collage, faces from Pixabay Cherished Daydreaming Sitting by the road’s edge, I watch life go by. I see men, women, old and young people. They carry in their faces their realities and, beyond, I try to imagine what really lead them to move on, but cannot be seen: their well-kept secrets and desires, their high esteem, their own motto, their ego. They are striving to be individuals, rather than simply one more. Sometimes I see even myself, mixed in the crowd, perhaps a little
Summer Design 9, by Junior McLean Junior McLean, a self-taught graphic artist, lived for 17 years in The Bronx, later in Anderson, Indiana, and is currently back in New York City. He is an illustrator and collaborator for writers seeking illustrations, book cover art, and full digital art portraits. He offers artwork for sale on custom products. You can reach him at: DarkGaia2@yahoo.com August 2021 issue
hearts, image by Ben Kerckx, on Pixabay Cuánto Más? Cuántas lágrimas más tengo que derramar? No soy rio ni mar ni lluvia. Cuántos latidos mi corazón debe saltar? No soy ni tambor ni nota musical. Cuántas plegarias al cielo debo gritar? Ni soy águila ni jilguero ni cenzontle. Cuántas veces mi voz van a callar? Ni soy campanario, cañón o canario. Cuántas veces mis pensamientos debo guardar? Mi mente aún respira, al igual que mi cuerpo y mi alma. Cuántas veces a otros debo capri
forest in mist, image by Free_Photos, on Pixabay The Flute I search my instrument, stem I long for, difficult to find in the forest, elusive as birdsong. I thresh deep, see my mind’s grove. It holds breath like mist in hollow internodal regions, mouthpiece welcoming my art. Stem that measures patience I saw with care, prayer true as the bamboo. Back home, carving holes, splinters wounding my fingers. It takes years to master the elusive music. I’ll push it gently, with love,
geese flying, sunset, image by skeeze, on Pixabay A SIGH “All my longings lie open before you Lord; my sighing is not hidden from you.” (Psalm 38:9) When I’m worn out and caved in I love to linger over David’s promise that God hears my sighs. David was a shepherd, a warrior, an outlaw, a refugee, a general, and finally the king of Israel; if anyone understood what it meant to be stressed and weary, David was the guy. If he says my sighs are not hidden from God, that means the
Fall colors, 11x14 Acrylic on canvas. Method: balloon dip. Janine Pickett is the founding editor of Spirit Fire Review. She is also an artist. In her words, "Creating artwork while meditating on scripture is so calming and restorative for me... I’m trying out different techniques, such as painting with straw using only my breath, or painting with a chain or a string." 16 x 20 acrylic fluid art on canvas. Method: balloon dip. 16 x 20 acrylic on canvas. Method: straw, breath, s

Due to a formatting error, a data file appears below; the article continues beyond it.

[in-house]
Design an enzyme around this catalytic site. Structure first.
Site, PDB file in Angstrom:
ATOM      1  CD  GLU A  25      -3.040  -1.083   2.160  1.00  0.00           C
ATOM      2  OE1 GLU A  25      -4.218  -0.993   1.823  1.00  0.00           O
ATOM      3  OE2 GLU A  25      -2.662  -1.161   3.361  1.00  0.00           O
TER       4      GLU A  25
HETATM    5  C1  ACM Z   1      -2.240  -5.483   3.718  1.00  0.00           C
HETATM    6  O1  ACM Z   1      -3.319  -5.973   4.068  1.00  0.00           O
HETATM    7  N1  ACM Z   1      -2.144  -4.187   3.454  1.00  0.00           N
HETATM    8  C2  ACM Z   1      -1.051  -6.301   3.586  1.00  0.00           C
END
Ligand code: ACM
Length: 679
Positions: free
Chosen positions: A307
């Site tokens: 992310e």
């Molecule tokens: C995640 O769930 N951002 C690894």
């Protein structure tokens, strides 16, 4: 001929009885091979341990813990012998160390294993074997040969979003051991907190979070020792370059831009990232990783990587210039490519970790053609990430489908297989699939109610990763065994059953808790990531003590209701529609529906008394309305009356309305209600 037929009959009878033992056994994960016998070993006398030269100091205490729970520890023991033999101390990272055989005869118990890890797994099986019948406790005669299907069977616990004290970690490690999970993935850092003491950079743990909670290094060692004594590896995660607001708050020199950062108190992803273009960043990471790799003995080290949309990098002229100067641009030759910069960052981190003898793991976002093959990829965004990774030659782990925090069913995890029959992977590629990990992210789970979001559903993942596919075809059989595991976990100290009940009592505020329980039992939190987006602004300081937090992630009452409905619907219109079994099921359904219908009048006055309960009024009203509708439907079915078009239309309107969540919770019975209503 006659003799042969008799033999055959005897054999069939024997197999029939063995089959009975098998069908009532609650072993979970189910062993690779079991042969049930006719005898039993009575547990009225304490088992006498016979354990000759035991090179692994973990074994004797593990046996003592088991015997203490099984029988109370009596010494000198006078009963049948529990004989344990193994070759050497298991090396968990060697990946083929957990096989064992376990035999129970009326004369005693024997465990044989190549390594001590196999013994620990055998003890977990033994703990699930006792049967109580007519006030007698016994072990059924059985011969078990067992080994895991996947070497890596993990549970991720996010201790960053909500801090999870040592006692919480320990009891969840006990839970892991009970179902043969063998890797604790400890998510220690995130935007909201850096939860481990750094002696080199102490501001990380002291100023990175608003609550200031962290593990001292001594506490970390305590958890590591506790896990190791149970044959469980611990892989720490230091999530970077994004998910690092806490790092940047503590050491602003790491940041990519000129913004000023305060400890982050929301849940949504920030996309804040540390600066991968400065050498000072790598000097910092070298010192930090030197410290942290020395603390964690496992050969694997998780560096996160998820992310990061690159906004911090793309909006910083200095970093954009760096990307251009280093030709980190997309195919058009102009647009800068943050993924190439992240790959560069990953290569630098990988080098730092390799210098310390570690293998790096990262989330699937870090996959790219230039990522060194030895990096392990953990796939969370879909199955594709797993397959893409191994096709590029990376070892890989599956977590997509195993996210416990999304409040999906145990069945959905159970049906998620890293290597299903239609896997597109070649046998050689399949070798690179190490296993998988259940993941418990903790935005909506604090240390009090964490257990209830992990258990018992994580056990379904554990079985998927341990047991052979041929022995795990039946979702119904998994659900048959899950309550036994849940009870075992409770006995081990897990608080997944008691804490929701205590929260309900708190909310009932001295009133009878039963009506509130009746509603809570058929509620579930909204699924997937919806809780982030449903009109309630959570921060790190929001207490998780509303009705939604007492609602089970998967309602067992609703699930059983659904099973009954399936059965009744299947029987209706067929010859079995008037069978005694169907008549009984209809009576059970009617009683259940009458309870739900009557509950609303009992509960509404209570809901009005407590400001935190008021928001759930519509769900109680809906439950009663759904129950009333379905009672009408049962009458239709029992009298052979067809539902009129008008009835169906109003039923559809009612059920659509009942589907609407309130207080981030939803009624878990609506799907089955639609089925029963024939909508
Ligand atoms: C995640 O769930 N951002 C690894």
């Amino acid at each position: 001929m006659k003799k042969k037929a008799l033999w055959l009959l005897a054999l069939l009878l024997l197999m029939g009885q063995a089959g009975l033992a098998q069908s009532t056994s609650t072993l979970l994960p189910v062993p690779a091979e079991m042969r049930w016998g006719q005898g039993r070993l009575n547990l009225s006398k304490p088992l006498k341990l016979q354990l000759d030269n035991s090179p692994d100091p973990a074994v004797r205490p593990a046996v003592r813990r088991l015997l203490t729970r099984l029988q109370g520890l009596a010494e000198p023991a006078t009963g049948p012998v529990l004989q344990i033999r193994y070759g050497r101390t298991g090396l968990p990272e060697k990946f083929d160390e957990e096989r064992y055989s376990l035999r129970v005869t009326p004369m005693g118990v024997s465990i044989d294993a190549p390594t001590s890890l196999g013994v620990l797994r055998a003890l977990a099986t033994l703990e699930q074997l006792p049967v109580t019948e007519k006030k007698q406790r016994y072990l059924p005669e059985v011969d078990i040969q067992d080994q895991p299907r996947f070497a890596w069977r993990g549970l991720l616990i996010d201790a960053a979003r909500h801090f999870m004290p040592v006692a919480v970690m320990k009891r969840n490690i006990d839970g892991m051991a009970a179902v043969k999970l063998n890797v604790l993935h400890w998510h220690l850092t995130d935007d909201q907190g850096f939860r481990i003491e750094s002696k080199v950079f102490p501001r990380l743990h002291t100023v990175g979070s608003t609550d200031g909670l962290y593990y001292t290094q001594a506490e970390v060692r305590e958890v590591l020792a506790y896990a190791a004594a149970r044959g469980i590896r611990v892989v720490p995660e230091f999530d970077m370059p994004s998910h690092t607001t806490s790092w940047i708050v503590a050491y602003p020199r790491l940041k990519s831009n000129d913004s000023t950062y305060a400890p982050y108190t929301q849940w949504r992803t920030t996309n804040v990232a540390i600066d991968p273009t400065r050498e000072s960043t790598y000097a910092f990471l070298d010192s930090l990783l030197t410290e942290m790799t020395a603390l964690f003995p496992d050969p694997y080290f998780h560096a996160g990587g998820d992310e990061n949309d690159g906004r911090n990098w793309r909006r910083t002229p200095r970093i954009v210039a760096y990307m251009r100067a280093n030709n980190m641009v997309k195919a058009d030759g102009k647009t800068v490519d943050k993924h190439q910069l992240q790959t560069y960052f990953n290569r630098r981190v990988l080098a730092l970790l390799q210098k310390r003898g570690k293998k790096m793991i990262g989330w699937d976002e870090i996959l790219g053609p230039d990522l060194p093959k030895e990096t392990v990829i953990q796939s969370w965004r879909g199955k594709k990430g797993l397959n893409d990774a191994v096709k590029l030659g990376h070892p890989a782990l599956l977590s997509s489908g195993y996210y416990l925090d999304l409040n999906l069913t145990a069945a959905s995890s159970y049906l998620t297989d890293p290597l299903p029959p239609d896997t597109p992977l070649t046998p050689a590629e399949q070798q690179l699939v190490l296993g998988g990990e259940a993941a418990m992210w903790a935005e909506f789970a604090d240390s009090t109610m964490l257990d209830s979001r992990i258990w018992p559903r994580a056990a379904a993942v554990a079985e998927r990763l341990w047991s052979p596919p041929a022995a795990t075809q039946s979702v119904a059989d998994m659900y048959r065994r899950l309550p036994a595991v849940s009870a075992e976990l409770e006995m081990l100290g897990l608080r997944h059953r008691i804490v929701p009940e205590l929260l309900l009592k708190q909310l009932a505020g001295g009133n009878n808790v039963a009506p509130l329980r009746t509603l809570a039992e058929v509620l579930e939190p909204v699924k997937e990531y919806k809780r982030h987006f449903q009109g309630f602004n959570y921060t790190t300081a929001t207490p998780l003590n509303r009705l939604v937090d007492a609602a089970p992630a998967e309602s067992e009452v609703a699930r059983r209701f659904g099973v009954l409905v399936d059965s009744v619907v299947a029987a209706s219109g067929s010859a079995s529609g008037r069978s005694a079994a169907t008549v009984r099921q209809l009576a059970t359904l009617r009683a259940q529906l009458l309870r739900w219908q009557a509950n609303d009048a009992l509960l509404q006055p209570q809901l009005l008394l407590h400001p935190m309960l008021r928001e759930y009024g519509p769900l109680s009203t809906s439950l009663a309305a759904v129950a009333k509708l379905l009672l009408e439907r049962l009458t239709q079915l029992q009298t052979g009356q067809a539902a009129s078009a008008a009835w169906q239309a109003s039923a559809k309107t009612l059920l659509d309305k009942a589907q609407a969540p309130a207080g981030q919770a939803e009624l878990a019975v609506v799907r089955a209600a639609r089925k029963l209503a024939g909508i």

measuring tape, image by Thomas Wolter, on Pixabay MEASURING GOD How are you going to do it? How do you weigh the Infinite? How do you measure the Absolute? How do you test the IQ of Omniscience? Would you measure God for a suit? Would you ask His age, or how much money He has in the Bank of Heaven? What about race, or His education? What are His interests, likes or dislikes, pet peeves, political opinions? Or maybe you want to just ask one thing only—what are His dreams, his
orange brush strokes, image by Prawny, on Pixabay The Path
Look at the world around you,
A feast for your eyes to behold,
All just for you, a precious gift,
Of far more value than gold.
Beauty that nearly blinds you,
If you opened your eyes to see,
And overflows your heart with joy,
With the knowledge that you are free.
The wonders you have not been aware of,
Have surrounded you every day,
Calling to you, beckoning you,
Each a path to the Way.
At last, wh
farm, image by Loren King, on Pixabay Fond Fathering Frail soul, fond fathering feeds thee, ingathering speeds thee, in fallow field seeds thee, until thou yield blessing in purer prayer pressing for others’ care, proving the Father’s love tends all who reach above earth’s fare, their need quelling who dare beseech His love indwelling. _____________________ Lucia Walton Robinson is a born-again Episcopalian filled with gratitude for salvation. Some of her poems have appeared